STREAM is a Computer Graphics group, tackling geometric modeling and computer animation problems. Our main focus is the extraction and representation of structure contained in static or in dynamic 3D contents. Understanding and modeling structure enables us to process contents in a unified way, were they captured data, simulation results, or rough user input such as sketches. The identified structures and correspondences can be used for meaningful content visualization, manipulation and editing, for fast design of structurally-similar contents, for data completion and replication of details, as well as for shape and motion transfer with automatic adaptation to a new context. Our research benefits from the variety of technical backgrounds of team members, which range from expressive shape design and animation to geometry processing and computational geometry.
The STREAM team is part of the LIX (Laboratoire d’informatique de l’X), CNRS UMR 7161.
- Maks Ovsjanikov received an ERC Starting Grant for his project EXPROTEA (Exploring Relations in Structured Data with Functional Maps).
Julien Pettré from Inria Rennes will give a presentation on Crowd Animation and Simulation Friday, the 13th of October at 10:30am.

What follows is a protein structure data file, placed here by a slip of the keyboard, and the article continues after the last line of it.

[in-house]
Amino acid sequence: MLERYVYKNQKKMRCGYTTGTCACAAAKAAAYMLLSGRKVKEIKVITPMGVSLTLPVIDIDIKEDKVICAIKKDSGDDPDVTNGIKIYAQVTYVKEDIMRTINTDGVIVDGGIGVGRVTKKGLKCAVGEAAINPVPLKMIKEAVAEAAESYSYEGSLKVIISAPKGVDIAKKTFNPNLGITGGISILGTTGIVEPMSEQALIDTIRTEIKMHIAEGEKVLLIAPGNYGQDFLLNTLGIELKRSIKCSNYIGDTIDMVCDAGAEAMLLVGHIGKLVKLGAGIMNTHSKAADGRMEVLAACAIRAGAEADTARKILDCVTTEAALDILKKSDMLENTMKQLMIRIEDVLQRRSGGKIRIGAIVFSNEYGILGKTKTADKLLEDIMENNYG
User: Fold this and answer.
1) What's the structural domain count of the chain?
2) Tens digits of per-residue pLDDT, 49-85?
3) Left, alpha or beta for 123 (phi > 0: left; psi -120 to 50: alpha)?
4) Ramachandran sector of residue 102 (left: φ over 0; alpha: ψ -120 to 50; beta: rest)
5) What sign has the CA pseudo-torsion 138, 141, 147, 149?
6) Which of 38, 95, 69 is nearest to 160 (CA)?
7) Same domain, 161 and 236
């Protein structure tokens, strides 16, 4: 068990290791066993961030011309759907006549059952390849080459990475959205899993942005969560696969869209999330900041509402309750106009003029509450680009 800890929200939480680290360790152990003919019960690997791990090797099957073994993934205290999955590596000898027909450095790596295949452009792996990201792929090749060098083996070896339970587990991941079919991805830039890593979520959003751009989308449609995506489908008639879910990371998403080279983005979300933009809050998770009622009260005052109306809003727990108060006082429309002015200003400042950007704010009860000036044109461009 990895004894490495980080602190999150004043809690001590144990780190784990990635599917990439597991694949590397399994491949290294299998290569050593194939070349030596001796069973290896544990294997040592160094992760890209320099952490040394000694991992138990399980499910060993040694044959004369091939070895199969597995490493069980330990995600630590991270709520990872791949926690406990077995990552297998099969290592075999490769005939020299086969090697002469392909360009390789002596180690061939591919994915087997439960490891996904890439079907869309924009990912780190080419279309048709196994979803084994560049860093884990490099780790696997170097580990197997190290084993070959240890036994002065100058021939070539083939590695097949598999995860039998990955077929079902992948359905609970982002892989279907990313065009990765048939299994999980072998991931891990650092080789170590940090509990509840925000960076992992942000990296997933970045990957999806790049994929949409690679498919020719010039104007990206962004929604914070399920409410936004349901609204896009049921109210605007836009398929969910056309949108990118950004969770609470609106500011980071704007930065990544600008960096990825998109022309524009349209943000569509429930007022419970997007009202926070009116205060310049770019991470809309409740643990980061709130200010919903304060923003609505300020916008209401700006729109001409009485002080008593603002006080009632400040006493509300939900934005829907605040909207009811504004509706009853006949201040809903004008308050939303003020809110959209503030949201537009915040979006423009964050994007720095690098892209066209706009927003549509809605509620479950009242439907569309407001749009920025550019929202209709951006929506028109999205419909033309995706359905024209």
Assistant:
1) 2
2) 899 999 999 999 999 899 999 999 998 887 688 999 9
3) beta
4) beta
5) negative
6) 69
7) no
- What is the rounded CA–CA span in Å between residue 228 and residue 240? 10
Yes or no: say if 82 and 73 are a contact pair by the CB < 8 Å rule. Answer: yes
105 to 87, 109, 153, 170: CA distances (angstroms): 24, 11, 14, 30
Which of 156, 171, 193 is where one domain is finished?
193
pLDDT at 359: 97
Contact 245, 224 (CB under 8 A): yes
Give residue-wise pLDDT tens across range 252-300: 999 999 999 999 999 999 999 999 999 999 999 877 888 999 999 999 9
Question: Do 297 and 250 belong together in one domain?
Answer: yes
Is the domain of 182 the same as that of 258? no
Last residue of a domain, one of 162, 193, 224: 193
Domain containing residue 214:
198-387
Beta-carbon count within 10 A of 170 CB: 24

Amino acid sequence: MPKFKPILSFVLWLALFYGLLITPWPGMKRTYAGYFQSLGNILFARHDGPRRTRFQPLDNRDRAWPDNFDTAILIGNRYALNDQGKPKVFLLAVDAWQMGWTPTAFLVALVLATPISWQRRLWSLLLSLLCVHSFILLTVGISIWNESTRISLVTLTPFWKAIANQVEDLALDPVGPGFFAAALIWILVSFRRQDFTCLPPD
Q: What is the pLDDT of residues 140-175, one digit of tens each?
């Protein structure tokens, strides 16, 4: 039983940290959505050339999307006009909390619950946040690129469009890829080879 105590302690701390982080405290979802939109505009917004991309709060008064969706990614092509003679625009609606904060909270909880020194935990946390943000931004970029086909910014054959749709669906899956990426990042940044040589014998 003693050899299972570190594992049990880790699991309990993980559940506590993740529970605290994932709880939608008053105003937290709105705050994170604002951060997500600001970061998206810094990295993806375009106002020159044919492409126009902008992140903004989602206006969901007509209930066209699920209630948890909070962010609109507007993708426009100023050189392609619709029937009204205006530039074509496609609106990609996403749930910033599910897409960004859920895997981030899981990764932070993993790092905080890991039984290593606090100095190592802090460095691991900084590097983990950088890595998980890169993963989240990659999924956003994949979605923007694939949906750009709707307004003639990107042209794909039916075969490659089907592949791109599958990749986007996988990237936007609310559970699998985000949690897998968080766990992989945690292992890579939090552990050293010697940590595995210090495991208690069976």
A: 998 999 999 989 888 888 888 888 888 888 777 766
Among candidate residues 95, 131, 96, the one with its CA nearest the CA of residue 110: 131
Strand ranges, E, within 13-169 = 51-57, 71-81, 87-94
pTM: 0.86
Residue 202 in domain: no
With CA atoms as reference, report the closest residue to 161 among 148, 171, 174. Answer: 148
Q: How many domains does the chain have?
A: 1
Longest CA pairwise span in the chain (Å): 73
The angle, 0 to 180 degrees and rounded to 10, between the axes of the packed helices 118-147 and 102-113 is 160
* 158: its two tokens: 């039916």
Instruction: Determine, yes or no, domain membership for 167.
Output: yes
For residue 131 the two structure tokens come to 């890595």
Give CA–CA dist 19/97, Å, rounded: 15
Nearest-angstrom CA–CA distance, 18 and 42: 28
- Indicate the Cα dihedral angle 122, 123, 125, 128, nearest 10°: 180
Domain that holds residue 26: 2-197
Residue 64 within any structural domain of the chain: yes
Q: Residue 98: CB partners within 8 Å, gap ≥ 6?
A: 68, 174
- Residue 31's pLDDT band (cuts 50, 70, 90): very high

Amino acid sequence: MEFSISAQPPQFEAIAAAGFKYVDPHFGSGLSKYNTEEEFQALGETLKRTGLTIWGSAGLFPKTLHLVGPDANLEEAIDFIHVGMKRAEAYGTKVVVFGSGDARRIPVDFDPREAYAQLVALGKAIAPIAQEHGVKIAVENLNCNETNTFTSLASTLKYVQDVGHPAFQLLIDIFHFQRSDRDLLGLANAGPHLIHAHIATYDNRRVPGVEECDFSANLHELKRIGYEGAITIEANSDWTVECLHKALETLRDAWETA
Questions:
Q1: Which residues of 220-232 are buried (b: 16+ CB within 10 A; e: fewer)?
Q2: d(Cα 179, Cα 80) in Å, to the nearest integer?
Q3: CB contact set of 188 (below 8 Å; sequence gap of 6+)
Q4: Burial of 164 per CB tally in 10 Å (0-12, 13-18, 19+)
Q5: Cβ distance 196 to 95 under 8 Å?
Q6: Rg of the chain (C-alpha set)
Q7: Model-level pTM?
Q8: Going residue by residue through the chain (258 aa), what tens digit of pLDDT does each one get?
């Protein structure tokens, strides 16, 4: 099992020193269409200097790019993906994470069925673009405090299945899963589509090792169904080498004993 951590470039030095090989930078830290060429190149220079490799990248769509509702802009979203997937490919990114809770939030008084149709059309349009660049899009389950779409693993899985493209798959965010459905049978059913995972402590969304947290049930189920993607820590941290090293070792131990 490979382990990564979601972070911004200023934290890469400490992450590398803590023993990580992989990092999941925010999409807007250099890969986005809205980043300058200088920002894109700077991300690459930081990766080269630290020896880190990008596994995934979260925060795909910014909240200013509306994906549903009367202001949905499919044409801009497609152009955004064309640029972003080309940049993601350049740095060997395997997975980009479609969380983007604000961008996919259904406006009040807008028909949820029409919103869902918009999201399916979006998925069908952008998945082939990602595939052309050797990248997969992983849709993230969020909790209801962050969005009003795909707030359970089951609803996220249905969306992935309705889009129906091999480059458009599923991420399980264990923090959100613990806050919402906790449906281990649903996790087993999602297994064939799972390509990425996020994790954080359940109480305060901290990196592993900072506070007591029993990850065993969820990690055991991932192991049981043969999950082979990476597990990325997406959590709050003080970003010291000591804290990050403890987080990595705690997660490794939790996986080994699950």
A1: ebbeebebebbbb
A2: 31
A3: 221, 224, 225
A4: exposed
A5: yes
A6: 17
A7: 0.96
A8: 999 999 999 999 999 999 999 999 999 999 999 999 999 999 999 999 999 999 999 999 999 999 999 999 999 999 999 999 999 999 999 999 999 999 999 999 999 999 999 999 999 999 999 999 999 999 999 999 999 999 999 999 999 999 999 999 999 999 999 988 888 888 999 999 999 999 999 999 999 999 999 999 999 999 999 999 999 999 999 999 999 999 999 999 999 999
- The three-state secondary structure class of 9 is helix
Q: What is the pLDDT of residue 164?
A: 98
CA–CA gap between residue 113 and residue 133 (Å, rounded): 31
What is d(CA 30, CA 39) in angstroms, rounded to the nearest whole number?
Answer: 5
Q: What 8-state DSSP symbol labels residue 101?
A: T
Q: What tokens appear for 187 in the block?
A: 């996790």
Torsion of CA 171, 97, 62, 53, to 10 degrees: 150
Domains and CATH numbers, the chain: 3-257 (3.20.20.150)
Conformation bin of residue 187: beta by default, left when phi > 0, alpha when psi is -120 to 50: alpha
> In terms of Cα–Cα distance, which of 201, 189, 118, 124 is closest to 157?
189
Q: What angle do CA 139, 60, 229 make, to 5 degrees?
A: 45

Abstract: In this presentation, we will give an overview of our research on crowd simulation and animation. The objective of crowd simulation is to compute the collective motion of many entities forming a crowd. We are interested in microscopic approaches, which means that the simulation is computing the motion of each agent independently. We will shortly the many kind of studies to understand better how each individual adapts to his neighbors, which is a basis to design local models of interactions at the core of microscopic approaches. We will explain how we transformed this knowledge into realistic microscopic crowd simulation algorithms. In a second part, we will explain how crowd simulators are used in practice for computer animation purpose, and some original techniques we developed to facilitate crowd motion design, as well as to solve performance.
Julien Pettré is research scientist at INRIA, the French National Institute for Research in Computer Science and Control (www.inria.fr) since 2006. He received M.S. degree in 2000. He prepared his thesis under the supervision of Jean-Paul Laumond and obtained his Ph.D. in 2003 from the University of Toulouse III in France. He then spent one 18 months post doc at VRlab, EPFL, Switzerland, headed by Daniel Thalmann. At INRIA in Rennes, he is now part of the Lagadic research team headed by François Chaumette. His research interests are : crowd simulation, motion planning, autonomous virtual humans, computer animation and virtual reality.